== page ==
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Low Cost Marketing Strategies For Hotels and Guest Houses

Low Cost Marketing Strategies For Hotels and Guest Houses

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Low Cost Marketing Strategies For Hotels and Guest Houses

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5/5 (1 évaluation)
Longueur:
73 pages
1 heure
Sortie:
Sep 26, 2010
ISBN:
9781452398235
Format:
Livre

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As an independent hotel or guest house owner, you’ve got a challenge. You’ve got to make yourself stand out when there are dozens of chain hotels competing for your guest’s attention. As the travel economy grows ever tighter, this process only becomes more and more vital.

Sortie:
Sep 26, 2010
ISBN:
9781452398235
Format:
Livre

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Low Cost Marketing Strategies For Hotels and Guest Houses - Tina Best

Low Cost Marketing Strategies For Hotels and Guest Houses

Tina Best

Copyright 2010 The Butler Publishing Group

All rights reserved

Smashwords Edition

****

Chapter 1: You vs. the Chains

As an independent hotel or guest house owner, you’ve got a challenge. You’ve got to make yourself stand out when there are dozens of chain hotels competing for your guest’s attention. As the travel economy grows ever tighter, this process only becomes more and more vital.

The chains have huge budgets, and they have staying power. They also have the option to simply pick up and move out of a market that isn’t working for them. You probably don’t have that luxury, and you probably need to keep your rooms full to keep your doors open. So you’ve got to beat the chains at their own game to avoid losing customers to them. Fortunately—this can be far easier than you might think.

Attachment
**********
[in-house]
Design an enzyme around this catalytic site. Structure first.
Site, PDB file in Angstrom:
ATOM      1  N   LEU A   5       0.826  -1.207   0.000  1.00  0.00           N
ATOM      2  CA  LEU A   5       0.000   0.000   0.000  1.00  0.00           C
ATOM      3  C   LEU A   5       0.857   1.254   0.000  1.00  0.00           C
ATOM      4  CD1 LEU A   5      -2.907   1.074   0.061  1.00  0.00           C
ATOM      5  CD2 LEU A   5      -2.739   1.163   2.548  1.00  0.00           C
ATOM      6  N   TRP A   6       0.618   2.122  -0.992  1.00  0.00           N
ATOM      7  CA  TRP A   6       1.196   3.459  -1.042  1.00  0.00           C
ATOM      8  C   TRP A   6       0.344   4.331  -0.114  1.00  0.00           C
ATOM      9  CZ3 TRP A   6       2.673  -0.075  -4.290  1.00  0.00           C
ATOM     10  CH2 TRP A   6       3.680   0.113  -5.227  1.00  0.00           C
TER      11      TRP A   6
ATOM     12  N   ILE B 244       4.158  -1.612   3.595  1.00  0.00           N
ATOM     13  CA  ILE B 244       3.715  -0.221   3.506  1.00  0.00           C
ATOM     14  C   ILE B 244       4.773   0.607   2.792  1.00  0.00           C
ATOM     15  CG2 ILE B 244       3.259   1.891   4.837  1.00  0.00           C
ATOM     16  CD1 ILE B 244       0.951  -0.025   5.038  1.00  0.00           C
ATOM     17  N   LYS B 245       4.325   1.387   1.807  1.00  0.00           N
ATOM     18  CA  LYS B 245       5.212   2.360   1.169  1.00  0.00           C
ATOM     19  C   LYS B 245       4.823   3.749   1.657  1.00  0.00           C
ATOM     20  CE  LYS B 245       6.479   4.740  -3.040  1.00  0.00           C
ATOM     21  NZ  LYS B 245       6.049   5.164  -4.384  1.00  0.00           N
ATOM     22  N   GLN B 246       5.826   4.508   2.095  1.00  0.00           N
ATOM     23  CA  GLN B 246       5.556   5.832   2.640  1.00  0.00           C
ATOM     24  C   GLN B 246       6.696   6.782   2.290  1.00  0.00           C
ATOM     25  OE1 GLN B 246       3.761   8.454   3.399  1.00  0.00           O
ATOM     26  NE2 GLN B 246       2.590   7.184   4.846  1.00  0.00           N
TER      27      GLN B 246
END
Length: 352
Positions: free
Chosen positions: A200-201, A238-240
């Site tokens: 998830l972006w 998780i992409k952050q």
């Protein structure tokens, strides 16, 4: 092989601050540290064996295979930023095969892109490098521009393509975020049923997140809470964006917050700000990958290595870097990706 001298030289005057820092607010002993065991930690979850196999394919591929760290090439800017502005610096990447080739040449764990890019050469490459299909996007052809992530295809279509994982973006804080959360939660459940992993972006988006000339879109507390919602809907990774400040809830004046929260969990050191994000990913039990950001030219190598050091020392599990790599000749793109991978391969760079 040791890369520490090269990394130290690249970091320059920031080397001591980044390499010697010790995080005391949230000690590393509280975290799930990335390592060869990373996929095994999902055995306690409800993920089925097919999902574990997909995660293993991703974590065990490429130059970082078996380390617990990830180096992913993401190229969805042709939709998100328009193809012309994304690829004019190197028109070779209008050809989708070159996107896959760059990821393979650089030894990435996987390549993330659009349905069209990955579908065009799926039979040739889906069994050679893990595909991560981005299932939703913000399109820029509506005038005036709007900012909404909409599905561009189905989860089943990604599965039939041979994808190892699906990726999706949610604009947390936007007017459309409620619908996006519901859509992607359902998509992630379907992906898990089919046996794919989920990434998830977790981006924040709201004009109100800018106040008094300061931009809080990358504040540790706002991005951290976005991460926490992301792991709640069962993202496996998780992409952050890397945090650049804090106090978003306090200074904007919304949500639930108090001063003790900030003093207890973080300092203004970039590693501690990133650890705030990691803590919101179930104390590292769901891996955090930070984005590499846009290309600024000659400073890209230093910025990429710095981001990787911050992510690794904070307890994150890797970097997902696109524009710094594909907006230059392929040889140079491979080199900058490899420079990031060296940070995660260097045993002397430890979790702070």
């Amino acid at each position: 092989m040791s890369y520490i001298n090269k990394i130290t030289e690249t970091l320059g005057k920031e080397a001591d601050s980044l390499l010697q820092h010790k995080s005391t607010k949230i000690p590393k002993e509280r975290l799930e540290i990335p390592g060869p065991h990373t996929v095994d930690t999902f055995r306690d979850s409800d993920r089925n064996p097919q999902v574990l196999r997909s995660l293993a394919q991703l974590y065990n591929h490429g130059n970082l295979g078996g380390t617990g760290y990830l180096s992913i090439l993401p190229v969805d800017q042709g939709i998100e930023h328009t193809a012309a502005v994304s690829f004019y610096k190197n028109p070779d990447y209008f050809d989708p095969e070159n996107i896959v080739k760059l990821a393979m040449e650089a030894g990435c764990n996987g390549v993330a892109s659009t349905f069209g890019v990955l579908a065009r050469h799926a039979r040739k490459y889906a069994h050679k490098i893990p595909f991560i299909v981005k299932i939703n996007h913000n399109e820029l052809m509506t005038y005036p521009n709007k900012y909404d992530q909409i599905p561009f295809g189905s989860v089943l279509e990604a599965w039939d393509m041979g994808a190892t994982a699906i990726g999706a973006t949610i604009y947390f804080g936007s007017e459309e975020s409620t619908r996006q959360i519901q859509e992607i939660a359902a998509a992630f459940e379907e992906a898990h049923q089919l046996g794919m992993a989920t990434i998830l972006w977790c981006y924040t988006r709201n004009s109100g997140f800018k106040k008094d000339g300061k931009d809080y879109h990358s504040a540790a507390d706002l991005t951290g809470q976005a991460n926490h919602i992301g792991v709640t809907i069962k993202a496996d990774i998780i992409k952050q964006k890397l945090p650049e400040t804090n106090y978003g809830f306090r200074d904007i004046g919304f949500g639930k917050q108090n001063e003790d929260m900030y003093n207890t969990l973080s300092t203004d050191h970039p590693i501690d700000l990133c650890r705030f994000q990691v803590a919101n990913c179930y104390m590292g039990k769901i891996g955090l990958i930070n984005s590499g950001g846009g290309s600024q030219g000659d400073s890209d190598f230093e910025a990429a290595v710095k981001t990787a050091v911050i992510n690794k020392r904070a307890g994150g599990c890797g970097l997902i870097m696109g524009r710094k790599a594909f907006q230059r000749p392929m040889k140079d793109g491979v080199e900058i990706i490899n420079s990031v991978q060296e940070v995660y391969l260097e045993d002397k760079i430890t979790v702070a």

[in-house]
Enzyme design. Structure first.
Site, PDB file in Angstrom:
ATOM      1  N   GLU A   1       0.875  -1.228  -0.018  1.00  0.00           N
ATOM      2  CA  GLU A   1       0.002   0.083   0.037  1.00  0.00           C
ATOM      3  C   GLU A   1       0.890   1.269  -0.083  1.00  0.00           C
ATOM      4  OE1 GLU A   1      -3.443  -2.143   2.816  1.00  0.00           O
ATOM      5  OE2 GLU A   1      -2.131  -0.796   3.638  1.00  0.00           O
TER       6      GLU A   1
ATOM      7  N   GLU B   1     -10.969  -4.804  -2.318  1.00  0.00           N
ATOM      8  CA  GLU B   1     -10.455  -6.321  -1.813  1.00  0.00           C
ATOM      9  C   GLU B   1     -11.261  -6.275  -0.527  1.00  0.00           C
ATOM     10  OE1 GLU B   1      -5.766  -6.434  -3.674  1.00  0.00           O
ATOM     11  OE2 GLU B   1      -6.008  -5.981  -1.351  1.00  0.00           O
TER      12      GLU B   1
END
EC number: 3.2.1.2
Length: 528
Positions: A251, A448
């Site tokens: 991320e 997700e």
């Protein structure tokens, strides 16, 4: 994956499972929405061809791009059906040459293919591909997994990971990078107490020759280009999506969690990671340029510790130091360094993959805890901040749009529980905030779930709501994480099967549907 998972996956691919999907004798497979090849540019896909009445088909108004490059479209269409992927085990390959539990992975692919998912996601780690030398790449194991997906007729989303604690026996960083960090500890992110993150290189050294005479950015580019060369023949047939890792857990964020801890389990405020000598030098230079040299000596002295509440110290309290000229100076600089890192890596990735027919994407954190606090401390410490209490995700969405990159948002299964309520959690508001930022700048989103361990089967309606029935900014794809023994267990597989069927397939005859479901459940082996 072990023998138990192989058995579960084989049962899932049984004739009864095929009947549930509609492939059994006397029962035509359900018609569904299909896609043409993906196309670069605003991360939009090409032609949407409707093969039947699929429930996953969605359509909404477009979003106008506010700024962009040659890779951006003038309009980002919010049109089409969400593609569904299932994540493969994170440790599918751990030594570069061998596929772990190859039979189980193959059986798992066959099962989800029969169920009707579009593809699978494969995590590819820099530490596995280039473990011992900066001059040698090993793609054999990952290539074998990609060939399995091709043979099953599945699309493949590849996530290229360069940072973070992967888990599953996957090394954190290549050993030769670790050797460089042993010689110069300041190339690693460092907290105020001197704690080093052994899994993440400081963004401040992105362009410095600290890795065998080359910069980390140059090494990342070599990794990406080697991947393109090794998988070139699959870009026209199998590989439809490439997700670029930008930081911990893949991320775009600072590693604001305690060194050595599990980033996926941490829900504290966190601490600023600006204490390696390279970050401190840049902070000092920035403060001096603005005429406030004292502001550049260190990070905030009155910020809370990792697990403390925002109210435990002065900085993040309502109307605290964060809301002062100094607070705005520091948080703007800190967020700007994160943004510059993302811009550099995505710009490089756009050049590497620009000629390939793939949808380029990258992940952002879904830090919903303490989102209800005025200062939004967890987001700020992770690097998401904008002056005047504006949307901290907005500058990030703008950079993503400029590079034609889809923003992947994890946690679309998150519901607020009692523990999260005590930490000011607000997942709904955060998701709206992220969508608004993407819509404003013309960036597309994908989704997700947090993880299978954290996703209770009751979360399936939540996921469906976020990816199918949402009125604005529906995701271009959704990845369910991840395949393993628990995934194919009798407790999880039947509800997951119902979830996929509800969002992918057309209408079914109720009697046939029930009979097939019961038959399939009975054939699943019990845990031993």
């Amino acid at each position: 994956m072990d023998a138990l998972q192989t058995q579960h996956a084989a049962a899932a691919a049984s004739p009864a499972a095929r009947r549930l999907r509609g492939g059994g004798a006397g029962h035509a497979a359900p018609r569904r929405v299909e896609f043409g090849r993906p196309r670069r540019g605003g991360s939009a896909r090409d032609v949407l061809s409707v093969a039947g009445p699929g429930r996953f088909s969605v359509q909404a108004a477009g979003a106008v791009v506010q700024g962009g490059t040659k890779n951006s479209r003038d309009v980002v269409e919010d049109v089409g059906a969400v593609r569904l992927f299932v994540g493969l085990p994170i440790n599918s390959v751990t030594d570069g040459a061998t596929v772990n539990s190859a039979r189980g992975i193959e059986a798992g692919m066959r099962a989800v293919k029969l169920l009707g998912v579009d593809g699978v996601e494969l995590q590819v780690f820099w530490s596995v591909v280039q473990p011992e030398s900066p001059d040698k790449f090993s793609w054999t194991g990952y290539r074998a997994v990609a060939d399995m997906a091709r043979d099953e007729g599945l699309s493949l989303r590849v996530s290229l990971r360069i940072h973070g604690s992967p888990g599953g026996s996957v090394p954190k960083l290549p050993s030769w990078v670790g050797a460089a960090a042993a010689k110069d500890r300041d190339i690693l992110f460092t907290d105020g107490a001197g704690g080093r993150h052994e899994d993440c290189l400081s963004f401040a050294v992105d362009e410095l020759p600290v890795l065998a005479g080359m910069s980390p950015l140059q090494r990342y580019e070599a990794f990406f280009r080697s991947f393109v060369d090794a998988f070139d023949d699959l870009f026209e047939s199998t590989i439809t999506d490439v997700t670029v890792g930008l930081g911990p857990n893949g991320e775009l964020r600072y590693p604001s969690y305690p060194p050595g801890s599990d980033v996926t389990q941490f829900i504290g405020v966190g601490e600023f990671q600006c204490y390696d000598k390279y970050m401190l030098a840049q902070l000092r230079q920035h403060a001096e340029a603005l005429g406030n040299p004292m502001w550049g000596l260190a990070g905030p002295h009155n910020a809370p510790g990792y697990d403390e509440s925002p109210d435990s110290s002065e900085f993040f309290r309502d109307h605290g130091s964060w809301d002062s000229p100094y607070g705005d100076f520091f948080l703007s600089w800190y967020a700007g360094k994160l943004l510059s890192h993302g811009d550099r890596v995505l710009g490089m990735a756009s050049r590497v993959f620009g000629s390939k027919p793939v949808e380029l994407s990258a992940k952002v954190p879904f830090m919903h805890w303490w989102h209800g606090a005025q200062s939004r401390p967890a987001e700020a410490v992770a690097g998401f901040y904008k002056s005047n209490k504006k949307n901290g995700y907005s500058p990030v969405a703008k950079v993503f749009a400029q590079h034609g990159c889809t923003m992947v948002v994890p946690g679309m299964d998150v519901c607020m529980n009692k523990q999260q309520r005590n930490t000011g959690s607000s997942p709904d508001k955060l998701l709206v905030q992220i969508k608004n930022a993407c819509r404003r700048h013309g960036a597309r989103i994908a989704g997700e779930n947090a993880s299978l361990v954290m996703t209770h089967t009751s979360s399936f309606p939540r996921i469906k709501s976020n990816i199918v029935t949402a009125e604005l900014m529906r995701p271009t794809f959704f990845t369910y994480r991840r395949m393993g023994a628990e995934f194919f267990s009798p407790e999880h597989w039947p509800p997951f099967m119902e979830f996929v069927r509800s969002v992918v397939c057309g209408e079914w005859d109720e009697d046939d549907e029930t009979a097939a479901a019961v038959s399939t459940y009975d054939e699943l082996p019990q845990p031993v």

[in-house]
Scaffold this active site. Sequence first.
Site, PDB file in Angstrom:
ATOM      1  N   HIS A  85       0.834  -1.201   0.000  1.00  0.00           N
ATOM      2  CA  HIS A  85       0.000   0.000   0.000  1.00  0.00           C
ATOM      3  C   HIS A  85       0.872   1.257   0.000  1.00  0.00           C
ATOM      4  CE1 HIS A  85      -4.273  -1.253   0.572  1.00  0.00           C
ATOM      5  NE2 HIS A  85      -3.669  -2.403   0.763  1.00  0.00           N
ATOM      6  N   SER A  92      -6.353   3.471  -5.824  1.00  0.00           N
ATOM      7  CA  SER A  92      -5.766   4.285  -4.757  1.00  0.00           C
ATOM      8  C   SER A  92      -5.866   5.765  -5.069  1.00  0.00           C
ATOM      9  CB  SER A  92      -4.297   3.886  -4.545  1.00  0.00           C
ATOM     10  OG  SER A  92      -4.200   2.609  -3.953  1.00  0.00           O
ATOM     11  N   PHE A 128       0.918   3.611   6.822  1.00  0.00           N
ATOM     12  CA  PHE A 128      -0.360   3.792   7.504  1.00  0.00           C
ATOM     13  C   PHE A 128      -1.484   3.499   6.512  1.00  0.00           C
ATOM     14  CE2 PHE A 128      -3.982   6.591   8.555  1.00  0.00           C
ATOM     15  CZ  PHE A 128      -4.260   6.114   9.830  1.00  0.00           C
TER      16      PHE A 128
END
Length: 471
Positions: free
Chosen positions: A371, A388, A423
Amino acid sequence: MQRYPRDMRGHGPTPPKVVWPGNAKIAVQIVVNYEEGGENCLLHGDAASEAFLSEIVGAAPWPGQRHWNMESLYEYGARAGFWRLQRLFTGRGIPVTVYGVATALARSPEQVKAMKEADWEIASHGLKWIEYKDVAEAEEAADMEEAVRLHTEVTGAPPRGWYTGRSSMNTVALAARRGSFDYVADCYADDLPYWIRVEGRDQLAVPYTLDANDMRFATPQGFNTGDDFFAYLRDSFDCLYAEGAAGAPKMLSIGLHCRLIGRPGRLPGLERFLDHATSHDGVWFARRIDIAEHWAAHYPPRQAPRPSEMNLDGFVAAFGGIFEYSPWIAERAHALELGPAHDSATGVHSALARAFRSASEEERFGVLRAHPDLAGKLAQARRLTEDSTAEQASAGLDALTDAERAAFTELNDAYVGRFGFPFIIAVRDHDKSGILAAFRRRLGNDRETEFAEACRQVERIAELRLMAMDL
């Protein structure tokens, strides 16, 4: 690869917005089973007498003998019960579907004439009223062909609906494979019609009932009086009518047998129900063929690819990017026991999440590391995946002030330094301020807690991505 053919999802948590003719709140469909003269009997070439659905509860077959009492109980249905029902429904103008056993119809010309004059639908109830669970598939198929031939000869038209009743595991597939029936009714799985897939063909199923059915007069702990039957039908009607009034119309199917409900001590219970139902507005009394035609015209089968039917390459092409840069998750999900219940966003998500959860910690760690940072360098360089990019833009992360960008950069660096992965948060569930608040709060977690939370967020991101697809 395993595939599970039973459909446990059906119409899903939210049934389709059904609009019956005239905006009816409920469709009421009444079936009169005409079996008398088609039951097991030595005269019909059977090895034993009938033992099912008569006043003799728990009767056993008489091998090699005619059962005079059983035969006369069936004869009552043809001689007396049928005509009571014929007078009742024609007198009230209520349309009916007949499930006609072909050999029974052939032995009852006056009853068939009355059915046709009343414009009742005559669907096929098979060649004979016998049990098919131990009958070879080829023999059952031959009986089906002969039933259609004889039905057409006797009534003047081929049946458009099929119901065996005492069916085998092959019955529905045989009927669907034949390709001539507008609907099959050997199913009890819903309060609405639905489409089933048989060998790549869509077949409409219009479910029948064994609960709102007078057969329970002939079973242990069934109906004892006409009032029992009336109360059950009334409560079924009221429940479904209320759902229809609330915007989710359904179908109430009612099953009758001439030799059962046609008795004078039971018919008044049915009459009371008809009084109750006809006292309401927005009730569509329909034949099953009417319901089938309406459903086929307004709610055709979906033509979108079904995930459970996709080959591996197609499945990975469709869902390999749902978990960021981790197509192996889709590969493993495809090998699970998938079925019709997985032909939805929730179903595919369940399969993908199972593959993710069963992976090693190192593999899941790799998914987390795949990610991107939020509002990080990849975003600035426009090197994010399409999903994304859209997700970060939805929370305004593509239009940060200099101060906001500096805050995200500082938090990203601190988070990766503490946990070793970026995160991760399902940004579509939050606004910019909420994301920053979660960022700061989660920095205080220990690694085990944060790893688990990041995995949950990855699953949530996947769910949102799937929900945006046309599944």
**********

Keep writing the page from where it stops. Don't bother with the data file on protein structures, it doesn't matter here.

Many independents are in trouble. It’s not just the economy; it’s the state of the hotel industry—a look at any newspaper covering the hospitality industry will tell you that. Consider this excerpt from a 2009 Washington Post article titled State of Independence:

"Can any luxury hotel or resort thrive -- or even survive -- as an independent property? In a world where a handful of global hotel chains -- Hilton, Marriott, Starwood, Hyatt, Accor of France, and InterContinental of Britain -- dominate the lodging market, can a single property, no matter how famous, stand alone?

At least on the surface, the answer is no."

You might not run a luxury hotel. You might run a small bed and breakfast or a quaint country get-away. Or you might, indeed, be attempting to cater to the 5 star crowd, running a historic hotel that’s been standing for generations.

Or perhaps you haven’t even started yet. Perhaps running your own hotel has been a lifelong dream of yours, and you’re wondering if you’re defeated before you begin. You want to know what you’re getting into and whether or not you have a hope of success. These are fair questions, particularly in today’s economy. Yet your dream does not have to be barrelled under by a steady flow of homogenized hotel rooms.